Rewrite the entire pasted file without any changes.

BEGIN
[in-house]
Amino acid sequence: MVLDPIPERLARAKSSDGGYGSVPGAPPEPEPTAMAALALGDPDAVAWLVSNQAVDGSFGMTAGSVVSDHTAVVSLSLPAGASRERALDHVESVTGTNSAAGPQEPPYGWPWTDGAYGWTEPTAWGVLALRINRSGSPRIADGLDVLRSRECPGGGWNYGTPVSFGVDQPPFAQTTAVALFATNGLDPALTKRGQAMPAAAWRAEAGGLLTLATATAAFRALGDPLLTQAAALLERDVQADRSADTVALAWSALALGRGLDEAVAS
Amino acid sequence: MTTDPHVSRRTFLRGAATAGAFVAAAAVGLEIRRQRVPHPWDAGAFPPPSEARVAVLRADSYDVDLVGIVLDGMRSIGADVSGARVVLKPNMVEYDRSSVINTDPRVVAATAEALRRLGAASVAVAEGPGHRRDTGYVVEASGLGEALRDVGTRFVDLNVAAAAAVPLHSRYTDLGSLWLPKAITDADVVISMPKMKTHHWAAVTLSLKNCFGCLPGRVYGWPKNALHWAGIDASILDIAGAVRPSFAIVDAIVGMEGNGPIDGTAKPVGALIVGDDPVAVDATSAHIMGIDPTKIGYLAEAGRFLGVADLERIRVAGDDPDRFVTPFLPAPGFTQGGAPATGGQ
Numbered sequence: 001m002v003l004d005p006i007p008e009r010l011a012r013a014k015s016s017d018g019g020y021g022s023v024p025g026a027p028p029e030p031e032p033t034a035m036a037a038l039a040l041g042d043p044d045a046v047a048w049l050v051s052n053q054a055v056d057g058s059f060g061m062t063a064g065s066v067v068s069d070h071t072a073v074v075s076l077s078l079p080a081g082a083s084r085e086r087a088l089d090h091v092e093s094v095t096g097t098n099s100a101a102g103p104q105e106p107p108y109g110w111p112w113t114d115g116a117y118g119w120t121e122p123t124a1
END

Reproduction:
[in-house]
Amino acid sequence: MVLDPIPERLARAKSSDGGYGSVPGAPPEPEPTAMAALALGDPDAVAWLVSNQAVDGSFGMTAGSVVSDHTAVVSLSLPAGASRERALDHVESVTGTNSAAGPQEPPYGWPWTDGAYGWTEPTAWGVLALRINRSGSPRIADGLDVLRSRECPGGGWNYGTPVSFGVDQPPFAQTTAVALFATNGLDPALTKRGQAMPAAAWRAEAGGLLTLATATAAFRALGDPLLTQAAALLERDVQADRSADTVALAWSALALGRGLDEAVAS
Amino acid sequence: MTTDPHVSRRTFLRGAATAGAFVAAAAVGLEIRRQRVPHPWDAGAFPPPSEARVAVLRADSYDVDLVGIVLDGMRSIGADVSGARVVLKPNMVEYDRSSVINTDPRVVAATAEALRRLGAASVAVAEGPGHRRDTGYVVEASGLGEALRDVGTRFVDLNVAAAAAVPLHSRYTDLGSLWLPKAITDADVVISMPKMKTHHWAAVTLSLKNCFGCLPGRVYGWPKNALHWAGIDASILDIAGAVRPSFAIVDAIVGMEGNGPIDGTAKPVGALIVGDDPVAVDATSAHIMGIDPTKIGYLAEAGRFLGVADLERIRVAGDDPDRFVTPFLPAPGFTQGGAPATGGQ
Numbered sequence: 001m002v003l004d005p006i007p008e009r010l011a012r013a014k015s016s017d018g019g020y021g022s023v024p025g026a027p028p029e030p031e032p033t034a035m036a037a038l039a040l041g042d043p044d045a046v047a048w049l050v051s052n053q054a055v056d057g058s059f060g061m062t063a064g065s066v067v068s069d070h071t072a073v074v075s076l077s078l079p080a081g082a083s084r085e086r087a088l089d090h091v092e093s094v095t096g097t098n099s100a101a102g103p104q105e106p107p108y109g110w111p112w113t114d115g116a117y118g119w120t121e122p123t124a1